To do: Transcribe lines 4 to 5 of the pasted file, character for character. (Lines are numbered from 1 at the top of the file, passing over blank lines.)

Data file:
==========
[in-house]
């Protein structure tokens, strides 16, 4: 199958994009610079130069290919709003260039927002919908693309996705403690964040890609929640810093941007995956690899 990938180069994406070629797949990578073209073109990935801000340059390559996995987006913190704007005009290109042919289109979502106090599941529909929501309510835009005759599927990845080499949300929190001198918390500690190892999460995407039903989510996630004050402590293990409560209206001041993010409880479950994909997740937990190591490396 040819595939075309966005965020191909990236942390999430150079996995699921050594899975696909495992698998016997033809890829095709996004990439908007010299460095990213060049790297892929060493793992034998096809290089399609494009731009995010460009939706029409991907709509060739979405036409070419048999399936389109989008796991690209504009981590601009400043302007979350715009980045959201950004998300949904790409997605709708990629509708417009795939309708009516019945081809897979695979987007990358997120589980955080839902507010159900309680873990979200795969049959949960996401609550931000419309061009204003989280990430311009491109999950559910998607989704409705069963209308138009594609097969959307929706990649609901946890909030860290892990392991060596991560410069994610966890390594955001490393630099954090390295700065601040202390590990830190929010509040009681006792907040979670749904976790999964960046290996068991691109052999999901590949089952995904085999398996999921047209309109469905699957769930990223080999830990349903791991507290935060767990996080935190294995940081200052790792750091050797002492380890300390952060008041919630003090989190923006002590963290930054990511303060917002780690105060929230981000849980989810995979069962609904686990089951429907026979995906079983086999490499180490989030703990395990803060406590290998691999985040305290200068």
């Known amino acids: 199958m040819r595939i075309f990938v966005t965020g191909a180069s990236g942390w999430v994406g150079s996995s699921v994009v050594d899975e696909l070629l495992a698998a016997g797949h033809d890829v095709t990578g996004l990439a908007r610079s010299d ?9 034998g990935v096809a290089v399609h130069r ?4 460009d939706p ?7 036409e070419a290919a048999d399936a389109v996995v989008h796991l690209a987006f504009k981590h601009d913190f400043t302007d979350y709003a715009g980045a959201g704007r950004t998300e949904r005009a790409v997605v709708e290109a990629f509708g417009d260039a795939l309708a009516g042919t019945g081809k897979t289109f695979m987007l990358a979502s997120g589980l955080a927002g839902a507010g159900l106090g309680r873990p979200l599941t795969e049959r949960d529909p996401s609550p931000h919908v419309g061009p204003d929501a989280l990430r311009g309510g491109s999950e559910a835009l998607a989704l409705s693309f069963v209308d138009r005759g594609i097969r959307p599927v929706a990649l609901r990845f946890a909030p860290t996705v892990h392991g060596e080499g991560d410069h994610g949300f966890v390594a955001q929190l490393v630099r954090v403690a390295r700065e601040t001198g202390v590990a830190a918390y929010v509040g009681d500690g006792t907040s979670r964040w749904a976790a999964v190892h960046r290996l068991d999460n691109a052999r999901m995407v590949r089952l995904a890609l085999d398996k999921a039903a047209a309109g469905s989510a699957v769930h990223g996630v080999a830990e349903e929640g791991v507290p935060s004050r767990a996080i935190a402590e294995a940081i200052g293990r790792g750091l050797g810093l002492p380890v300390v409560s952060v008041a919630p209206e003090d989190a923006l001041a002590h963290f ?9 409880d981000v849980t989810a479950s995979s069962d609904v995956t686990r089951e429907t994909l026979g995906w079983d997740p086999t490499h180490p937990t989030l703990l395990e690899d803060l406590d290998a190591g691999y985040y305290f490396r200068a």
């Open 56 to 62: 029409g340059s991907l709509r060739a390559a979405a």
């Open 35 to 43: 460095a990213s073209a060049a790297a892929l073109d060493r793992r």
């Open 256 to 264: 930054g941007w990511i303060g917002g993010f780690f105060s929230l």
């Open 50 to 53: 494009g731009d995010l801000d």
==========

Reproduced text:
């Open 56 to 62: 029409g340059s991907l709509r060739a390559a979405a």
């Open 35 to 43: 460095a990213s073209a060049a790297a892929l073109d060493r793992r």